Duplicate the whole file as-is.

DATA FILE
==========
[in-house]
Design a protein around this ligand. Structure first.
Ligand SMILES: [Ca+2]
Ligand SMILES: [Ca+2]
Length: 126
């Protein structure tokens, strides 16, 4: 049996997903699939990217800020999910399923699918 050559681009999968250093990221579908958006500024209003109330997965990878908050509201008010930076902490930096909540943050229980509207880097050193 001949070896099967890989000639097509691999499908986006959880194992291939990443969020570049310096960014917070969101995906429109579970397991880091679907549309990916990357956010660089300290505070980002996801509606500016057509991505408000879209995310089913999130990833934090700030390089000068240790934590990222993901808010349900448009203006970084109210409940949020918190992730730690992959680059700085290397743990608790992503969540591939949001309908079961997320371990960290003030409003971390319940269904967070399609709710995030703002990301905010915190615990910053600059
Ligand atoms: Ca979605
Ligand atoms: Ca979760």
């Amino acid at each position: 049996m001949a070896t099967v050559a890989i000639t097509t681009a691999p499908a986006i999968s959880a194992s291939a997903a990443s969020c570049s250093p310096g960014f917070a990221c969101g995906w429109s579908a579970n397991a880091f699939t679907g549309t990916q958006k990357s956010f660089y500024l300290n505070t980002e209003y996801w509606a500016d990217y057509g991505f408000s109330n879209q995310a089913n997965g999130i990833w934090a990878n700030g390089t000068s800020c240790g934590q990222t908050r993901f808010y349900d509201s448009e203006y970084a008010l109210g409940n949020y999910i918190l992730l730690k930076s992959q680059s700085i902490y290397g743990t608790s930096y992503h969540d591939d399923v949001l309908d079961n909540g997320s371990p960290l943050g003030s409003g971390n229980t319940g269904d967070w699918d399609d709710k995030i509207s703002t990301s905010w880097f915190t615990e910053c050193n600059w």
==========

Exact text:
[in-house]
Design a protein around this ligand. Structure first.
Ligand SMILES: [Ca+2]
Ligand SMILES: [Ca+2]
Length: 126
């Protein structure tokens, strides 16, 4: 049996997903699939990217800020999910399923699918 050559681009999968250093990221579908958006500024209003109330997965990878908050509201008010930076902490930096909540943050229980509207880097050193 001949070896099967890989000639097509691999499908986006959880194992291939990443969020570049310096960014917070969101995906429109579970397991880091679907549309990916990357956010660089300290505070980002996801509606500016057509991505408000879209995310089913999130990833934090700030390089000068240790934590990222993901808010349900448009203006970084109210409940949020918190992730730690992959680059700085290397743990608790992503969540591939949001309908079961997320371990960290003030409003971390319940269904967070399609709710995030703002990301905010915190615990910053600059
Ligand atoms: Ca979605
Ligand atoms: Ca979760």
């Amino acid at each position: 049996m001949a070896t099967v050559a890989i000639t097509t681009a691999p499908a986006i999968s959880a194992s291939a997903a990443s969020c570049s250093p310096g960014f917070a990221c969101g995906w429109s579908a579970n397991a880091f699939t679907g549309t990916q958006k990357s956010f660089y500024l300290n505070t980002e209003y996801w509606a500016d990217y057509g991505f408000s109330n879209q995310a089913n997965g999130i990833w934090a990878n700030g390089t000068s800020c240790g934590q990222t908050r993901f808010y349900d509201s448009e203006y970084a008010l109210g409940n949020y999910i918190l992730l730690k930076s992959q680059s700085i902490y290397g743990t608790s930096y992503h969540d591939d399923v949001l309908d079961n909540g997320s371990p960290l943050g003030s409003g971390n229980t319940g269904d967070w699918d399609d709710k995030i509207s703002t990301s905010w880097f915190t615990e910053c050193n600059w």